Games take us to incredible places, and it’s the Environment Artist who creates them. In this highly collaborative role, you work with the design team to model atmospheric and believable locations where the action can unfold.
Whether it’s a sports stadium or a post-apocalyptic city, an alien landscape or a beautiful fantasy castle – an Environment Artist takes their cues from the concept art and needs of the game designers. You use your eye for landscapes, architecture, and every-day life, along with your 3D modelling skills to set the stage upon which a game takes place.
As an Environment Artist, you’re creating most of what appears on-screen at any one time, so the work can sometimes be surprisingly technical. They very easily have the ability to make or break how smoothly the game runs, so you need the ability to work efficiently and tidily, whilst prioritising tasks and solving challenges along the way.
Hard Surface Artist, Modeller, CG Artist, 3D Artist, Asset Artist, Prop Artist, Level Artist
- Being Organised
- Designing things
- Working in a Team
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YOUR LEARNING JOURNEY
Many Environment Artists have a degree, which provides professional development and a recognised qualification to employers. However, there are many available pathways and all people working in games claim a unique journey. Above all, you will need to demonstrate passion and skills in your chosen field. For this job role, you should be someone who loves drawing, has an eye for detail and likes working in a team.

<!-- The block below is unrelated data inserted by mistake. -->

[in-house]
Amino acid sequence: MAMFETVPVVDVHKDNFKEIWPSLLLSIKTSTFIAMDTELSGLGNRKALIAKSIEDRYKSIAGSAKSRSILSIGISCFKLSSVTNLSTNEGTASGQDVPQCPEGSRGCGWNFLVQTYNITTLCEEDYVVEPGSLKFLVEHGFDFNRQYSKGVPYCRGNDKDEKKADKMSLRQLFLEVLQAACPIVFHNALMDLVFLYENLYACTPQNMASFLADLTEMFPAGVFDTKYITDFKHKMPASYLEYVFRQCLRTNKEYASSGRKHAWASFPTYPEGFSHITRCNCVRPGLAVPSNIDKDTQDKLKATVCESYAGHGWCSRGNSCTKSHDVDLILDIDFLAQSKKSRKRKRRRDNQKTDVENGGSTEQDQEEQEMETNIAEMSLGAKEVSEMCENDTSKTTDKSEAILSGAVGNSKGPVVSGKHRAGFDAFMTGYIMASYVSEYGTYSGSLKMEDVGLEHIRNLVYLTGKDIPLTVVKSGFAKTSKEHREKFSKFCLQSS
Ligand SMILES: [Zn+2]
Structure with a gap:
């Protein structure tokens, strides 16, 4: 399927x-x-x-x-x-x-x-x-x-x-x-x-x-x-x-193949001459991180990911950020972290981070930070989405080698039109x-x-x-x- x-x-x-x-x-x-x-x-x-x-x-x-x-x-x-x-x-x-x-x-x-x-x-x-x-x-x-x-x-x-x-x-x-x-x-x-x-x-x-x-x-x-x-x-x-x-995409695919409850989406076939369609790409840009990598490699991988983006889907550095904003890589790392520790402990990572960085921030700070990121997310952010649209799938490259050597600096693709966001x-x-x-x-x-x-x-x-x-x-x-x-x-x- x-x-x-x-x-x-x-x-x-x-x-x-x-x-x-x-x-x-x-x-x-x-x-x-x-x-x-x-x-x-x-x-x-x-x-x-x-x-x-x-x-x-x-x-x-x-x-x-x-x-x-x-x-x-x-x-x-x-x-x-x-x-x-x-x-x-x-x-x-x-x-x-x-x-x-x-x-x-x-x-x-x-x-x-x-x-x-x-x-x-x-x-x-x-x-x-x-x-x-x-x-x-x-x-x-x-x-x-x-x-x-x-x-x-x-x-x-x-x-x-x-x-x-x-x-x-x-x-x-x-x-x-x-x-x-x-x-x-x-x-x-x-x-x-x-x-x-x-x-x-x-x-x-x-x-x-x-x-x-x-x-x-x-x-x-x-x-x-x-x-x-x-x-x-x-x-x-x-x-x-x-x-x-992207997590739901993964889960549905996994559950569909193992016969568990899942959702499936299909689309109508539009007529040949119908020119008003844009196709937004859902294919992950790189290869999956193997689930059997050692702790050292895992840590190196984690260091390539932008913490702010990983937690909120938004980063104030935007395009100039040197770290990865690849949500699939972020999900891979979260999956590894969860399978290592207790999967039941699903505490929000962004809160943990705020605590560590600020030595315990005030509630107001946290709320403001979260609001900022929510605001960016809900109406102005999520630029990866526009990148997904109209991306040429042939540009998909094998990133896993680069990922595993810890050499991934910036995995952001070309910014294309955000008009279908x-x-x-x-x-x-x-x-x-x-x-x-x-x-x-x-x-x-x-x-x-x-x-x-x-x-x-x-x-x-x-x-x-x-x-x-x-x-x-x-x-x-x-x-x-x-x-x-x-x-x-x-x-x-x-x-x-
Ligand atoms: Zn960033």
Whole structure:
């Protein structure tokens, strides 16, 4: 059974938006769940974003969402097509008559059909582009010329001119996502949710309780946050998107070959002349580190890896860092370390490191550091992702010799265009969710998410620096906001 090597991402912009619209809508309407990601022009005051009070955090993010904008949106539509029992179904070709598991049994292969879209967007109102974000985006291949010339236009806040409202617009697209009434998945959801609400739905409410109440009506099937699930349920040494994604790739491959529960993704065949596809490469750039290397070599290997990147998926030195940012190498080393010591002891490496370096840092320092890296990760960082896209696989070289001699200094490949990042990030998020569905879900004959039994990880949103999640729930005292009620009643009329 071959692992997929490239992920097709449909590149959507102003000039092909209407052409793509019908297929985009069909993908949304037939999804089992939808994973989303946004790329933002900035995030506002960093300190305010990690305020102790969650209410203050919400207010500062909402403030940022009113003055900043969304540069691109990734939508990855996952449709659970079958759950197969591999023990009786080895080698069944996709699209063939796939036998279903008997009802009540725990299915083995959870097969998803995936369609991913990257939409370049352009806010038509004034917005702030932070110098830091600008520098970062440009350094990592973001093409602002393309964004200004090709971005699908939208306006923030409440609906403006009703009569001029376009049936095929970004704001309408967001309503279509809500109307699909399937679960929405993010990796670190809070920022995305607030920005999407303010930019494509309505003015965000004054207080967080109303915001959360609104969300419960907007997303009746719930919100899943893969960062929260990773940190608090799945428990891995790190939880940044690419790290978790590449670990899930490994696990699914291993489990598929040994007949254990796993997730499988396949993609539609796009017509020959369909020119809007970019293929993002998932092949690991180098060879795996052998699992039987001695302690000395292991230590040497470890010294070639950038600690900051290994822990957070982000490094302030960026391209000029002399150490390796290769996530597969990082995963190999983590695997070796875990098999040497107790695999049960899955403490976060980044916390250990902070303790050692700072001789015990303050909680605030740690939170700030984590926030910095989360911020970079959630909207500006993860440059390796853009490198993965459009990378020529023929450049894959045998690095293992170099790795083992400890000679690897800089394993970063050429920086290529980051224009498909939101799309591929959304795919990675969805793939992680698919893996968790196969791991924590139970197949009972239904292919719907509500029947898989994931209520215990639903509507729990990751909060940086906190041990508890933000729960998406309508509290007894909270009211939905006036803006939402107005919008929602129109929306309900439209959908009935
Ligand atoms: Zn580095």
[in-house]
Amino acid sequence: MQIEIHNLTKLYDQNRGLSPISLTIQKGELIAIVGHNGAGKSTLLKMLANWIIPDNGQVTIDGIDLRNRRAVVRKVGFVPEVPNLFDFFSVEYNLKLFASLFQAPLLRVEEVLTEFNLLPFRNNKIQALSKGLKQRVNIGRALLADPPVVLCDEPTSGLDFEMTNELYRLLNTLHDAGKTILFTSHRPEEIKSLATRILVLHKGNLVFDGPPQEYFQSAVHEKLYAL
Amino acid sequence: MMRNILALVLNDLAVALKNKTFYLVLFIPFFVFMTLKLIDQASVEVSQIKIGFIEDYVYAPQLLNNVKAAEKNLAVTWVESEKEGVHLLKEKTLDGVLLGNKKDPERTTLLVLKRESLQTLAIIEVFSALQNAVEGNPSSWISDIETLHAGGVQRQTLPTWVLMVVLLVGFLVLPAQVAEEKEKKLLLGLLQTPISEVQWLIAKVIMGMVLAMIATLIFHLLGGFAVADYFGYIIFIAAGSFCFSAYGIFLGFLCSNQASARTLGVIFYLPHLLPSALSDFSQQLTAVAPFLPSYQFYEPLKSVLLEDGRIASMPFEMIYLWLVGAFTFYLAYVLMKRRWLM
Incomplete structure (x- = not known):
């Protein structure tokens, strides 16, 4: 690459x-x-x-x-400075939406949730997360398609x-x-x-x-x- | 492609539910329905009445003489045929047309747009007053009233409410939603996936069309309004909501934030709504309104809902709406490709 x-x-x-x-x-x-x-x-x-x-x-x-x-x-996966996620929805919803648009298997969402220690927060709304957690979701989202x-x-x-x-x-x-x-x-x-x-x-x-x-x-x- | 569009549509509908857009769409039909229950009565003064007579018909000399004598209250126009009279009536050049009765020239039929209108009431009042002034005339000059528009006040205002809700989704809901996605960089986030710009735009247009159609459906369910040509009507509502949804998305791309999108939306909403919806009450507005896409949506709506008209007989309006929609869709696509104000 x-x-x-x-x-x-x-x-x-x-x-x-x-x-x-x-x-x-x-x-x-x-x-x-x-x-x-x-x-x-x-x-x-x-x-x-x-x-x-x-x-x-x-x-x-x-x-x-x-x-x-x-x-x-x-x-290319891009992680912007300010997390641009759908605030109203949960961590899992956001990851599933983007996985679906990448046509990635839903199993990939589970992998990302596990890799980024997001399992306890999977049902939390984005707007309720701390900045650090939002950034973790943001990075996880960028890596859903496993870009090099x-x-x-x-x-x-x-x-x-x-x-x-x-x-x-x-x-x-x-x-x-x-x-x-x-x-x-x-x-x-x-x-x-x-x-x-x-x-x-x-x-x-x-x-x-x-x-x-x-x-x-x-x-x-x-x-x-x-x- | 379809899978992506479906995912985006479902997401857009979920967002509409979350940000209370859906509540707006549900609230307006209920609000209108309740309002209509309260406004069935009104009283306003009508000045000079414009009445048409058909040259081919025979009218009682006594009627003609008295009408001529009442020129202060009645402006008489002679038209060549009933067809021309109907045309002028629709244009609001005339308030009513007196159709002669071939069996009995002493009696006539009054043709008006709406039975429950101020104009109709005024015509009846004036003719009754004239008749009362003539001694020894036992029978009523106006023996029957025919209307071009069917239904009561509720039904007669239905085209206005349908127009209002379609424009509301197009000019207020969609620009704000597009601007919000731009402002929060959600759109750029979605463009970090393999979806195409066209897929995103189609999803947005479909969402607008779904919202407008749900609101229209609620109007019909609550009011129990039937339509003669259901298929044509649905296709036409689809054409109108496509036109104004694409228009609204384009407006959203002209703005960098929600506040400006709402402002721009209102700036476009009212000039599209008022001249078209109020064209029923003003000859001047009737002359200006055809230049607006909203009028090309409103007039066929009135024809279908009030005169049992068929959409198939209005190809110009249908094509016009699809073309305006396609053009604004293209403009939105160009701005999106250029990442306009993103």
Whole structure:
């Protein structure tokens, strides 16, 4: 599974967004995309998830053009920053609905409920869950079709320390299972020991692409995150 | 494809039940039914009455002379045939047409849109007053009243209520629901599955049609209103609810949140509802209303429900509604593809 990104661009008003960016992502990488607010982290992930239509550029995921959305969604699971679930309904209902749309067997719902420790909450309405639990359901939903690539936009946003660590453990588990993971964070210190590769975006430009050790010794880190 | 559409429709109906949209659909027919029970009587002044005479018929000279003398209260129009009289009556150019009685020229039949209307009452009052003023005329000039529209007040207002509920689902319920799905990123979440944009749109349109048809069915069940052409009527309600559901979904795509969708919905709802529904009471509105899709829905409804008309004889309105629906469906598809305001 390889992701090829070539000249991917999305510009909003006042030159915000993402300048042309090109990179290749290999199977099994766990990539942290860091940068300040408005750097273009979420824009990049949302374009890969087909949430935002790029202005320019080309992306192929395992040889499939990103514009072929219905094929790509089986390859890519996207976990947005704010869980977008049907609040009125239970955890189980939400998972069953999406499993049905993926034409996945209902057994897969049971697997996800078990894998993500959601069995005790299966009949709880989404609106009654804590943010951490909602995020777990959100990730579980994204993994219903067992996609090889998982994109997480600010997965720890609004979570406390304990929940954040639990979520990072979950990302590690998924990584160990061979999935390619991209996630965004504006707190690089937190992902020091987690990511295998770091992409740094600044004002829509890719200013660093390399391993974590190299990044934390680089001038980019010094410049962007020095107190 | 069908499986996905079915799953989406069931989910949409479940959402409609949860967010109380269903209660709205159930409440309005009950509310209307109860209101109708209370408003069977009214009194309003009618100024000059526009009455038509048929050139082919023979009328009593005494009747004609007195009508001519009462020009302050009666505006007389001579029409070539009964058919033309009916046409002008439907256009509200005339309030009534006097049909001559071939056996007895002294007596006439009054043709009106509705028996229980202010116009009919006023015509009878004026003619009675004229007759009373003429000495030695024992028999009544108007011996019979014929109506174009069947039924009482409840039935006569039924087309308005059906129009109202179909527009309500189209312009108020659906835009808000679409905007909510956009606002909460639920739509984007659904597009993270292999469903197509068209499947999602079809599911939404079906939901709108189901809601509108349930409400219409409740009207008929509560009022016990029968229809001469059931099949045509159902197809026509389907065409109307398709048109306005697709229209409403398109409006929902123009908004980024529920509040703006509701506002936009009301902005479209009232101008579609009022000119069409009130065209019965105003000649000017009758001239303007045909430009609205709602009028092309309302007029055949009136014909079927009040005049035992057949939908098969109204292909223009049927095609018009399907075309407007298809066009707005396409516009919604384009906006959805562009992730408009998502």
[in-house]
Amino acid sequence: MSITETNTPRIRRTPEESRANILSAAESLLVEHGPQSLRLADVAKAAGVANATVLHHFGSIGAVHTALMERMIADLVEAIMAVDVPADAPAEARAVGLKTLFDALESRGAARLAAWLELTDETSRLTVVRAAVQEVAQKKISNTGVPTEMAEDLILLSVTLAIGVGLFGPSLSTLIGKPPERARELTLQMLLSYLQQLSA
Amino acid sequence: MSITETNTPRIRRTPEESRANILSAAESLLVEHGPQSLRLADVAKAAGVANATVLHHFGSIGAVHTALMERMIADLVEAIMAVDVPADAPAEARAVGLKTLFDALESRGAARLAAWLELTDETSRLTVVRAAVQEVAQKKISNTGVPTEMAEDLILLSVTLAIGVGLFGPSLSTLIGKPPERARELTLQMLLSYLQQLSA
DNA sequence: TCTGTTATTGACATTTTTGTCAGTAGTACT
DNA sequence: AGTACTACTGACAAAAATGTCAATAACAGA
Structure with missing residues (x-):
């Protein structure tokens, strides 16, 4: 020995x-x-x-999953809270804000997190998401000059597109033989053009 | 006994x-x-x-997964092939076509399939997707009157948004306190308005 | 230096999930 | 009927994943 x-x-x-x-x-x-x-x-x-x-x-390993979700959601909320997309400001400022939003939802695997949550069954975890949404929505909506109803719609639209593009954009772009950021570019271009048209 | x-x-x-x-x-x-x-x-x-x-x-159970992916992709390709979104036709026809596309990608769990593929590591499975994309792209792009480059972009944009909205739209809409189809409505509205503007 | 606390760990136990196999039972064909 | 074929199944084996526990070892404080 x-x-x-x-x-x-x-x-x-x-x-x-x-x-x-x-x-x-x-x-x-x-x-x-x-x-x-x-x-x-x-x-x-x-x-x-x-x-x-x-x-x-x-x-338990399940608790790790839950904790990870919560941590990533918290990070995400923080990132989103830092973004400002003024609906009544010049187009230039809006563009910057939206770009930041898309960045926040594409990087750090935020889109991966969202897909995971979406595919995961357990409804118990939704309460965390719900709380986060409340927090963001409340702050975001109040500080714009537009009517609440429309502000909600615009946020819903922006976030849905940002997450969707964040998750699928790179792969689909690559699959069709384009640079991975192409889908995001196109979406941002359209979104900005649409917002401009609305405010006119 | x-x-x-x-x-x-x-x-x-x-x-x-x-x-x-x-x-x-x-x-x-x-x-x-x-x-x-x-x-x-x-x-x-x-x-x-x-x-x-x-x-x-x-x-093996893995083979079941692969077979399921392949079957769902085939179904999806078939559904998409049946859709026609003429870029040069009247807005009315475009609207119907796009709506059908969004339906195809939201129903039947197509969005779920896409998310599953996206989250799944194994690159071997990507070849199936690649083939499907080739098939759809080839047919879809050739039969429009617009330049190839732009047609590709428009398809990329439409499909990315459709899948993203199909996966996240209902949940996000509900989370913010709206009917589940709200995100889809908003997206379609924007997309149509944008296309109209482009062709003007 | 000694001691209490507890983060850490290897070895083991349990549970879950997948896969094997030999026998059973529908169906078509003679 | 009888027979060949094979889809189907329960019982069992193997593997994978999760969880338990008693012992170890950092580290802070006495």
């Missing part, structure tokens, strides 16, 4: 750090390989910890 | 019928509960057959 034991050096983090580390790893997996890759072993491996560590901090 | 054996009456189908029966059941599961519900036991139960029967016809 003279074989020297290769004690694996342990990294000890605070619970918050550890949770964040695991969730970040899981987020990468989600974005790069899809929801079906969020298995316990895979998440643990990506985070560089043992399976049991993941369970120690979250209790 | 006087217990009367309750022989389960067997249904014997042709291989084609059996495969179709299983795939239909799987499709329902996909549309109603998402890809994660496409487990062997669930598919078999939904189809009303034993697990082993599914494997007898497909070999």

As a professional, you’ll be bringing to life concept art by using a range of tools that may include Blender, Maya and ZBrush, as well as game design programs (engines) like Unity and Unreal. We recommend using our tool picker to help you choose the right ones for your current level and purpose.
Working in the games industry is highly competitive and you’ll need to make sure your portfolio (a collection of your best work) stands out to employers and course leaders.
Environment art falls into two main categories: objects, which are called “props” or “assets”; and building levels. It only takes a very quick look to notice that different games have very different styles, and you may find that you naturally gravitate to one style over another (for example, “realistic” as opposed to “hand-painted”). Don’t feel like you have to be brilliant at everything if you don’t enjoy it. The most important thing is that your work convincingly reflects your chosen style, and you’ll do this through using appropriate materials, textures and lighting, in addition to well-defined models and carefully composed scenes. For more ideas, see our top tips page on building your portfolio.
Whatever role you are working in, it is essential that you understand the game making process. You can head to our build a game section for first steps, join a regular game jam to build up your skills & network, or start modding others games to gain experience.
Where are you in your games journey?
Learn as much as you can by completing personal projects, then get feedback on those projects from artists more experienced than you.Ben Matthews, Environment Artist, nDreamsRead the full story